Exactly 51 weeks ago, Arsenal drew nil-nil with CSKA Moscow on Matchday 3 of the 06/07 Champions League. Cast your mind back to it if your memory stretches that far – a whole host of chances, all missed. From one-on-ones to long-range efforts to open goals, the mighty Gunners could not convert a single one. If you remember, this was the game where Tomas Rosicky SOMEHOW missed an open goal from inside the 6-yard box. I was watching it in a bar at uni, and Gooners all around me were spitting venom at the profligacy of the team. Whilst I shared their sentiments, at that very moment I had an epiphany of sorts. As I watched the boys spurn chance after chance, everything around me stood still and it dawned upon me that I was watching the best ‘footballing’ side in the world. Never mind the lack of cutting edge that night, for sheer drama and entertainment, the only team to watch was Arsenal. Even the Man Utd fans had come over from the other side of the bar where their game was being screened to witness the almost-destruction of CSKA. Now fast forward nearly a year, and the team has fulfilled the promise shown that night. From profligate to prolific.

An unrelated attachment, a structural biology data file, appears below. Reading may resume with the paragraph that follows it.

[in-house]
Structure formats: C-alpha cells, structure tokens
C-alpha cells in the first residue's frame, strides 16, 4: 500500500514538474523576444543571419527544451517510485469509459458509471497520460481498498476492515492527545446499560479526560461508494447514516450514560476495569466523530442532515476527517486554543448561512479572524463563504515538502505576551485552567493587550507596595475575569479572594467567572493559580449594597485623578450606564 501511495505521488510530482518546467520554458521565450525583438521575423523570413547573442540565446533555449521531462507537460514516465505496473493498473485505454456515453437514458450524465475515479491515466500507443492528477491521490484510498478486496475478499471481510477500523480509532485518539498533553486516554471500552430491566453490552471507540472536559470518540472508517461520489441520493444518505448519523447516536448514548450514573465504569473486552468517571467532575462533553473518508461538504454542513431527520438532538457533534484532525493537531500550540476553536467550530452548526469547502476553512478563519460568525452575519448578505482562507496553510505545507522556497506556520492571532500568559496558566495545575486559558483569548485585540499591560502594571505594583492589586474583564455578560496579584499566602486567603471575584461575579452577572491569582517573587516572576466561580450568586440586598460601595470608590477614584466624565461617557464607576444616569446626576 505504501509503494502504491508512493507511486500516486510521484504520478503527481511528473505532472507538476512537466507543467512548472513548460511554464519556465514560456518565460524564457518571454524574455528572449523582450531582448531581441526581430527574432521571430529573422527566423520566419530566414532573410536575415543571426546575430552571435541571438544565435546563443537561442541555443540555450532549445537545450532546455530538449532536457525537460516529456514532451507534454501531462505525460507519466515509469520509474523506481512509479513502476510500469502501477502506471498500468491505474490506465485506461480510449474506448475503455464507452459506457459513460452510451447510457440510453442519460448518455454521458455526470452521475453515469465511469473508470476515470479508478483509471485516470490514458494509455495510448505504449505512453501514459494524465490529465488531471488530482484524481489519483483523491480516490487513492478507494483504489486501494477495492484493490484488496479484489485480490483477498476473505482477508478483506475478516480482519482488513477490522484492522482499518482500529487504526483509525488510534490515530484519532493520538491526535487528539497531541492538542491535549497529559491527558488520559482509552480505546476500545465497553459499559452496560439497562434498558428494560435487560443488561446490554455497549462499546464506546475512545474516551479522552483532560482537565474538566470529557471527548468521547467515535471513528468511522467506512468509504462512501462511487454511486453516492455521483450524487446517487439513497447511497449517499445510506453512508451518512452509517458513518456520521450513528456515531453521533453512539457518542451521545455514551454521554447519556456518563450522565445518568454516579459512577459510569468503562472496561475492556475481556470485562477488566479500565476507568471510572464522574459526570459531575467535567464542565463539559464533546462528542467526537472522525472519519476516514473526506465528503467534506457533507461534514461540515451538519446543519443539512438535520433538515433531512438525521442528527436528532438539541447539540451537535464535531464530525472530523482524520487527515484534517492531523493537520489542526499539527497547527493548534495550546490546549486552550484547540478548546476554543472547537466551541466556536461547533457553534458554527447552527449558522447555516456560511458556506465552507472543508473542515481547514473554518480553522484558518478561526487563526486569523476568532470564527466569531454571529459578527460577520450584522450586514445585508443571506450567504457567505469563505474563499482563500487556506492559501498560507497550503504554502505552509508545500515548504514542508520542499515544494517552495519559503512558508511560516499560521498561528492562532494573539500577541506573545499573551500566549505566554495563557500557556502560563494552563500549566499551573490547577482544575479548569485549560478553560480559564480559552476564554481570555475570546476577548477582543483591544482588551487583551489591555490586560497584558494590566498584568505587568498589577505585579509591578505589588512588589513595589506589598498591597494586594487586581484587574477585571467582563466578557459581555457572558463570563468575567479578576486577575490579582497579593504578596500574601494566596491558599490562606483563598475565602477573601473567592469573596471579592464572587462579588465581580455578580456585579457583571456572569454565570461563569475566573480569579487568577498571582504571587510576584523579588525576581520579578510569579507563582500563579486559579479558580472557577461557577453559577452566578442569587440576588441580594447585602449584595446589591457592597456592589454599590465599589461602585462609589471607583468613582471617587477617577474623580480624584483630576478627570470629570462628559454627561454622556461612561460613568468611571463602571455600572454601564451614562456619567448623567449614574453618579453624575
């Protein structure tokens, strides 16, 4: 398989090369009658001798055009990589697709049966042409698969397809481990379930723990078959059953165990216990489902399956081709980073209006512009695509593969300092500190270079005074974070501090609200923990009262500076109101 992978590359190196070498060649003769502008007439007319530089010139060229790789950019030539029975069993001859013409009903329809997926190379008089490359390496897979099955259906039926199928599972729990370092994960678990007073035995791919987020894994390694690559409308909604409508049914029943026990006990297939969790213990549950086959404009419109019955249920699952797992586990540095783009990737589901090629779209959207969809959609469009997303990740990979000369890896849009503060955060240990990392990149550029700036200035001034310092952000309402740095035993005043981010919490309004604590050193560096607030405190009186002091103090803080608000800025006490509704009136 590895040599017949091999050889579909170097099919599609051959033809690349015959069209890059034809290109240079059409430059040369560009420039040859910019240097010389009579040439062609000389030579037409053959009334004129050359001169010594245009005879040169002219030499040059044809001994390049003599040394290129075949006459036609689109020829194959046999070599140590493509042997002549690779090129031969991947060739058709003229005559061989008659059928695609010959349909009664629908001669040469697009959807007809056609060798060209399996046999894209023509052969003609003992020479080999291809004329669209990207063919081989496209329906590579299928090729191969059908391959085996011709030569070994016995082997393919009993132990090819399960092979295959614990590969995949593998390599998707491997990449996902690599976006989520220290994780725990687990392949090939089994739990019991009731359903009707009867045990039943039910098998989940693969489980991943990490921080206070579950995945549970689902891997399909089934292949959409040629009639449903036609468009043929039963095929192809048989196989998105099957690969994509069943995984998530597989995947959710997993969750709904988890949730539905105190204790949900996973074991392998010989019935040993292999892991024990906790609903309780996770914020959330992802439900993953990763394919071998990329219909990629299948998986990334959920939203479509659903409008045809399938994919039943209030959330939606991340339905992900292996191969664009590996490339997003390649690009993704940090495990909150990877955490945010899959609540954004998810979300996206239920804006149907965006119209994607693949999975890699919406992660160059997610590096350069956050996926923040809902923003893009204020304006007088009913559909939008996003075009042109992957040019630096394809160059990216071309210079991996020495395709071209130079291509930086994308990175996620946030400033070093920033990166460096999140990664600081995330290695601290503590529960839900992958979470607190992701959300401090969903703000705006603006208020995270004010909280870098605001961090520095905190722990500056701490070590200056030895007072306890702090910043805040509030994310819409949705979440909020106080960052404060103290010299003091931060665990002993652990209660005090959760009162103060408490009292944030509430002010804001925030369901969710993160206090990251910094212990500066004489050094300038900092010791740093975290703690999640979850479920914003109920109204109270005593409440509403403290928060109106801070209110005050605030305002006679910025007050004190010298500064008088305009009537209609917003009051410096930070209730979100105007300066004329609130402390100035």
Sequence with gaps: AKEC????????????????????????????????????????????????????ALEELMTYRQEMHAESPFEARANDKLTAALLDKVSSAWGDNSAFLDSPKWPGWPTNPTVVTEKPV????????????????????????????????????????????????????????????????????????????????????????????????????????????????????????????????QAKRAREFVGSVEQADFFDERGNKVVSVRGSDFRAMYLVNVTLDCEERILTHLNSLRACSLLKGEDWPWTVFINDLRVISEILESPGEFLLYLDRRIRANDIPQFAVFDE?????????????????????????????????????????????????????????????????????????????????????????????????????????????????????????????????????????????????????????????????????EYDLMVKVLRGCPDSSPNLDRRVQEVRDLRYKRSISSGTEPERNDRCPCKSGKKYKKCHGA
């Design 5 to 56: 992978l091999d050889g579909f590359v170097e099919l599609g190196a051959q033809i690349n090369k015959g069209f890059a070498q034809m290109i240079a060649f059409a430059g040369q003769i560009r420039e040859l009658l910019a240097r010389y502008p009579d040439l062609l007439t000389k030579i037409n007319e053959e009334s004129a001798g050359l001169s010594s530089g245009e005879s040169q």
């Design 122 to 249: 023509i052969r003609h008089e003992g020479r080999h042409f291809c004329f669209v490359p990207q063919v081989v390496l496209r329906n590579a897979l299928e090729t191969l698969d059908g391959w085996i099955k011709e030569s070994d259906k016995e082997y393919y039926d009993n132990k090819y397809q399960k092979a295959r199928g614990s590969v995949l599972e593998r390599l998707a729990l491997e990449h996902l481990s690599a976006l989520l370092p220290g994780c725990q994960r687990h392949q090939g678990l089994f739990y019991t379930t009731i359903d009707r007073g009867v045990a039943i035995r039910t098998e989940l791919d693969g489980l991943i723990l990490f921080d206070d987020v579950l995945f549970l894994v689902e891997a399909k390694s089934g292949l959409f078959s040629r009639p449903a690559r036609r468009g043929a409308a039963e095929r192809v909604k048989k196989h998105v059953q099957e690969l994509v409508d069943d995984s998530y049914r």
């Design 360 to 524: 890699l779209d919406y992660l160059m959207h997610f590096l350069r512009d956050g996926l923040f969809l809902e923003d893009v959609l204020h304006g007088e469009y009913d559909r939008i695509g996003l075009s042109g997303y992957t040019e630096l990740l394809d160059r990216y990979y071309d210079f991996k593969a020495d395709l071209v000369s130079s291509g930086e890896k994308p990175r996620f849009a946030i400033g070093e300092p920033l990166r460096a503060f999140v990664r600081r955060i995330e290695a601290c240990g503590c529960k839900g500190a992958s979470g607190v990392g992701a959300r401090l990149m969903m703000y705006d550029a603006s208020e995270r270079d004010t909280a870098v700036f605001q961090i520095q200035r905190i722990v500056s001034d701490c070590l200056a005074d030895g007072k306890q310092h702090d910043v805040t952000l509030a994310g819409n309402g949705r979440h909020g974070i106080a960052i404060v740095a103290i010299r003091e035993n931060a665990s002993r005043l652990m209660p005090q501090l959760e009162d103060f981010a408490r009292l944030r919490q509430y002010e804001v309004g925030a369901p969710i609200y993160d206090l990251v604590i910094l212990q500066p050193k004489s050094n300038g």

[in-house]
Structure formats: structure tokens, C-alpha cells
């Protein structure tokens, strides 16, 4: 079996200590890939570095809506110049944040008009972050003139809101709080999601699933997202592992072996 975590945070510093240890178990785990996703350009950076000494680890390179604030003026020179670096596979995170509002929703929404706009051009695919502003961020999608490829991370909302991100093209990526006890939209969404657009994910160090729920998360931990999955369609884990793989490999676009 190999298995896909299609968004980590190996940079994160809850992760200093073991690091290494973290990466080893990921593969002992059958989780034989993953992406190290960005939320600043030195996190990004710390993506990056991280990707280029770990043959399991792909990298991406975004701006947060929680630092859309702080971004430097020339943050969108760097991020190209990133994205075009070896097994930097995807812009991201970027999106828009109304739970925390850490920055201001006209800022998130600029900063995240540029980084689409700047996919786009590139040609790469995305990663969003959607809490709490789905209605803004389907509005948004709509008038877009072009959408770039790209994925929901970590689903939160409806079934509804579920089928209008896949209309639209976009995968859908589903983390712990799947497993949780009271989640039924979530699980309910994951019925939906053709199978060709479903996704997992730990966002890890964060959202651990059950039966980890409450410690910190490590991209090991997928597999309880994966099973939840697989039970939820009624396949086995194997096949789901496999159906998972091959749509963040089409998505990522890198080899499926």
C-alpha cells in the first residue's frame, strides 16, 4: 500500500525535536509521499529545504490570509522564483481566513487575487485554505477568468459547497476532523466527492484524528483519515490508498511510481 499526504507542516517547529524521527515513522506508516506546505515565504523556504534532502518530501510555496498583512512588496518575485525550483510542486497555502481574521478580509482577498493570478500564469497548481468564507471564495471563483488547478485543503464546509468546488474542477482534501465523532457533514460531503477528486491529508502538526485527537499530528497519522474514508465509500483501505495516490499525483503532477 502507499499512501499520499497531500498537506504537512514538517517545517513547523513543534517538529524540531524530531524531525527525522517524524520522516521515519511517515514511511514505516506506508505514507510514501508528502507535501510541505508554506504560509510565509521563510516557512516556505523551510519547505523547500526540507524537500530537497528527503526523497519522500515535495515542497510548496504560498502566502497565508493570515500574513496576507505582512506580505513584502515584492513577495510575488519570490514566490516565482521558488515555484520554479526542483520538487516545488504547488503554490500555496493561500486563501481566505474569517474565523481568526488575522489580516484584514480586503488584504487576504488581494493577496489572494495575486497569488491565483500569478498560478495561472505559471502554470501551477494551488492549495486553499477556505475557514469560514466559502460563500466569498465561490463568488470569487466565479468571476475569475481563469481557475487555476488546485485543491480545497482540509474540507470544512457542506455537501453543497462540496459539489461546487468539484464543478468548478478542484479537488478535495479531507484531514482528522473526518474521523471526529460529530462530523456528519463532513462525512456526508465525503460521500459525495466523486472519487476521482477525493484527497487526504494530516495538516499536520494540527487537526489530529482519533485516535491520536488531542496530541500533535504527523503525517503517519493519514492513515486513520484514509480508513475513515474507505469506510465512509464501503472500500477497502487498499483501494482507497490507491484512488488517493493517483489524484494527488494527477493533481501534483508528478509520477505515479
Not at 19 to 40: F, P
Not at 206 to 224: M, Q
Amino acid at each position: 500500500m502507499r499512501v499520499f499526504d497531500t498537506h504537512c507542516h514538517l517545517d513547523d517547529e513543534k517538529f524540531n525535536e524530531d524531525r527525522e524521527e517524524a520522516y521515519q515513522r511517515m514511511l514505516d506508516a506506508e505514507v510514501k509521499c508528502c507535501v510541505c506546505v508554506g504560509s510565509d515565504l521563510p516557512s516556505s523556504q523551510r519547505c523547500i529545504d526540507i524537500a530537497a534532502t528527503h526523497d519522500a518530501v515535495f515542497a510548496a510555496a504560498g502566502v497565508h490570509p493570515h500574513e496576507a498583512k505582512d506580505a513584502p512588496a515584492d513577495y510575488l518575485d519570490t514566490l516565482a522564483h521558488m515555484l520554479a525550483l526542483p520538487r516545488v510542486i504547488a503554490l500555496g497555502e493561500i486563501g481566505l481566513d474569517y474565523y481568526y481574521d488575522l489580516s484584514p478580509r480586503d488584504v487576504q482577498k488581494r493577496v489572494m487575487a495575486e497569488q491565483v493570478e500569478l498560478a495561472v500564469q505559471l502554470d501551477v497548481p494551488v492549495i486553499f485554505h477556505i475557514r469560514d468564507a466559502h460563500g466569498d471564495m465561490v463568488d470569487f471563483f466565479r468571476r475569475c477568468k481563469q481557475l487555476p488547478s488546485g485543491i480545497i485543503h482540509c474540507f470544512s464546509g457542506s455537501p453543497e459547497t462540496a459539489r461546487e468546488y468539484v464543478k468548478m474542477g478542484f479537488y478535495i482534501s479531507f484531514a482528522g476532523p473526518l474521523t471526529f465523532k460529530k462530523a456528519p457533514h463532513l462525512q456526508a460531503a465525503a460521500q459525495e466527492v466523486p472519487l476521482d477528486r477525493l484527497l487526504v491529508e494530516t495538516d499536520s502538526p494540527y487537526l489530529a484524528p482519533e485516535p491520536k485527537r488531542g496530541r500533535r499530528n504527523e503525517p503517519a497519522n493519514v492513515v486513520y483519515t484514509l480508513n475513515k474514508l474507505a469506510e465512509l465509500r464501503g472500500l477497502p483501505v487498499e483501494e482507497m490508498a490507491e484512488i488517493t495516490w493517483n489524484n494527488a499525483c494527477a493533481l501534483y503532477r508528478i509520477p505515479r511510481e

Sure, we weren’t playing the best of teams, and maybe we had the rub of the green, but that was an absolute joy to behold. There has been a lot of talk these last few days that this Arsenal side has to win a trophy this season, or all the good performance and early season promise will be a waste. I beg to differ. Don’t get me wrong, I want nothing more than for us to regain the Premiership or finally win the European Cup, but on a night like this all you can do is appreciate it for what it is – footballing bliss. For a moment try and ignore the fact that it was another three points on the road to the next round and that we’ve got the Scousers away next, just savour the 90 minutes of absolute pleasure you witnessed. This win has gone down in the history books, and one day it’ll be something to tell the grandkids about.